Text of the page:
3. Julia Avatar

    I have followed step 1 to a T. I am struggling on step 2, specifically, adding code to the single.php template, just before the call to the_content().

    Where do I find the single.php template?

    I’m new to WordPress, so forgive me if this is a novice question!

    1. Julia Avatar

      Ok, I found it in Appearance -> Editor.

      I wasn’t sure where to paste the code. I put it just after the header and before a section of code that contained the word content.

      I then went to a draft post, checked the box to indicate “yes” and typed in a few words for the draft. When I previewed the post the disclaimer was not there. I also tried adding the disclaimer to a previously published post. No success.

      What could I have done wrong?

    2. Dave Warfel Avatar

      Hi Julia —

      Nice detective work finding single.php. That is the correct file. I’m guessing there’s a small error in the code somewhere.

      Can you send me the code you’re using? Copy/Paste it from the file and email it to [email protected]. Also, if you could include a screenshot of some of the code before & after it, that will help me see if it’s in the right place.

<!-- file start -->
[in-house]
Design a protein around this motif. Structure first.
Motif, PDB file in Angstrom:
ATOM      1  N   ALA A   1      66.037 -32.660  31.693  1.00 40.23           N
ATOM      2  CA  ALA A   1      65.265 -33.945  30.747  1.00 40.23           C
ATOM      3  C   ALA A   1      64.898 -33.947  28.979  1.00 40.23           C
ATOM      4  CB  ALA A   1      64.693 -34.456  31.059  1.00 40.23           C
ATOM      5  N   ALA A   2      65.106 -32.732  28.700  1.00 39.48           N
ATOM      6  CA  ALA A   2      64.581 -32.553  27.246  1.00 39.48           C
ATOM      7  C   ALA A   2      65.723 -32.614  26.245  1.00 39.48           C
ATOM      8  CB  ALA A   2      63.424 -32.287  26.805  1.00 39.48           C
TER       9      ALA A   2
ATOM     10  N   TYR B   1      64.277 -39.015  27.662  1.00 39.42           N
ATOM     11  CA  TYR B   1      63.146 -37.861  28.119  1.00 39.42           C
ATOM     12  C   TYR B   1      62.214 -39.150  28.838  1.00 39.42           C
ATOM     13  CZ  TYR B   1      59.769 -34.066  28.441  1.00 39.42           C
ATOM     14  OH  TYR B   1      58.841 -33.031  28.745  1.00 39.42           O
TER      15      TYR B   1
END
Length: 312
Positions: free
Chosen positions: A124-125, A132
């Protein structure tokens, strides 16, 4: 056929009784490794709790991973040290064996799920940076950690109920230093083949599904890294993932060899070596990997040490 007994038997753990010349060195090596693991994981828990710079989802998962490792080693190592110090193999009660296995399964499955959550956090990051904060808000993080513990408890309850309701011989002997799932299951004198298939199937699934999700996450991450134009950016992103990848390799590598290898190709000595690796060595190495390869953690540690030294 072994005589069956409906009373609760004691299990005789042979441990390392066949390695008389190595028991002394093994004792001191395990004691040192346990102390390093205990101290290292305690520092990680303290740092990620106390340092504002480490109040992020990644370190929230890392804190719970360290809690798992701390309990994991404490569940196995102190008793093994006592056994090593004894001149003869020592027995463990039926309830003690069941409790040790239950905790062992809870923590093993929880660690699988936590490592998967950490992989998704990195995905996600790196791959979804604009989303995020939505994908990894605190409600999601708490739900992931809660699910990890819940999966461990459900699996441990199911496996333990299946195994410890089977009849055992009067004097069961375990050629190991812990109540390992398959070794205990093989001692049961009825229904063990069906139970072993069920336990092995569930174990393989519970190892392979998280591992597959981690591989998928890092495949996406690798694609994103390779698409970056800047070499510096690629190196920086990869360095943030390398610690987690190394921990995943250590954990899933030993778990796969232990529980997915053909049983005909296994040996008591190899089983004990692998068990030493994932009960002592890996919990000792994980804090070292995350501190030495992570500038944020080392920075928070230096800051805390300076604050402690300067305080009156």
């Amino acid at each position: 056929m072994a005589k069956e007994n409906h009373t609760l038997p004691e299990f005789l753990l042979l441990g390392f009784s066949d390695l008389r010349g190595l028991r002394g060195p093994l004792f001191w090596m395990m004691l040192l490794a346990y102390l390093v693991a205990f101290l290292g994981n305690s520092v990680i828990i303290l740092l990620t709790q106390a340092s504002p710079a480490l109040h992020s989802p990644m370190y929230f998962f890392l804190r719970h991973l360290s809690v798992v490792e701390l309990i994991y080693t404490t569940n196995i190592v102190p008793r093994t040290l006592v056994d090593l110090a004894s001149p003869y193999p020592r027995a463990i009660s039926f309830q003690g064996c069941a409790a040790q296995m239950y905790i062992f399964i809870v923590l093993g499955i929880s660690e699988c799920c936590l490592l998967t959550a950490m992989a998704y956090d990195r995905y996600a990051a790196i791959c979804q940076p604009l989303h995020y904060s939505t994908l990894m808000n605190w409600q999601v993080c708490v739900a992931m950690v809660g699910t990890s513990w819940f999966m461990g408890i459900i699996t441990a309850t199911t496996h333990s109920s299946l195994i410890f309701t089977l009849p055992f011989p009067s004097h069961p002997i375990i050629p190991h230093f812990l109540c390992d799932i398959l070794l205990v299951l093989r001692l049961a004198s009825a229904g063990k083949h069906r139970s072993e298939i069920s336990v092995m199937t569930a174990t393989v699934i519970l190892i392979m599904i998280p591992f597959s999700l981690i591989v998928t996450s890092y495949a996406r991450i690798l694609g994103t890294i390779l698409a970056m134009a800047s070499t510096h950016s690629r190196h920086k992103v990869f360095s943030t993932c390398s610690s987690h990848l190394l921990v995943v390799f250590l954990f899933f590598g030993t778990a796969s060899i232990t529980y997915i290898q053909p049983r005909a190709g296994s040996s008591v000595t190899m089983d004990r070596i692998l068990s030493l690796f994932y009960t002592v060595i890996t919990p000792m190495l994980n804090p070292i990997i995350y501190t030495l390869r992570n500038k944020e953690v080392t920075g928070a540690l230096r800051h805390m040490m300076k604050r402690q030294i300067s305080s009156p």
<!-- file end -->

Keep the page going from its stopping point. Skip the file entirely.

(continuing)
4. BlogaLiving Avatar

    You say “without a plugin” and then it’s all about the plugin you use. Please don’t say “without a plugin” unless you mean we don’t have to add a plugin to accomplish the outcome. We don’t all use this plugin.

    1. Dave Warfel Avatar

      My bad. I updated the article’s title and one of the headers within the article to remove the “without a plugin” language. Thanks for pointing it out.

  5. BlogaLiving Avatar

    Thank you.

  6. Marko Bakic Avatar
    Marko Bakic

    Hi Dave, my single.php is a bit different:
    * Author: Andrei Baicus
    * Created on: 28/08/2018
    * @package Neve

    $container_class = apply_filters( 'neve_container_class_filter', 'container', 'single-post' );


    <div class=" single-post-container">

    <article id="post-"


    Could you let me know where exactly to insert your code?


    1. Dave Warfel Avatar

      Hi Marko – That looks like your single.php file is missing some things. If you are unsure where to place the code, I recommend you ask your theme developer how to insert custom fields where you want them to appear. They should be able to direct you to the correct file. And there, you can just use the code in this tutorial.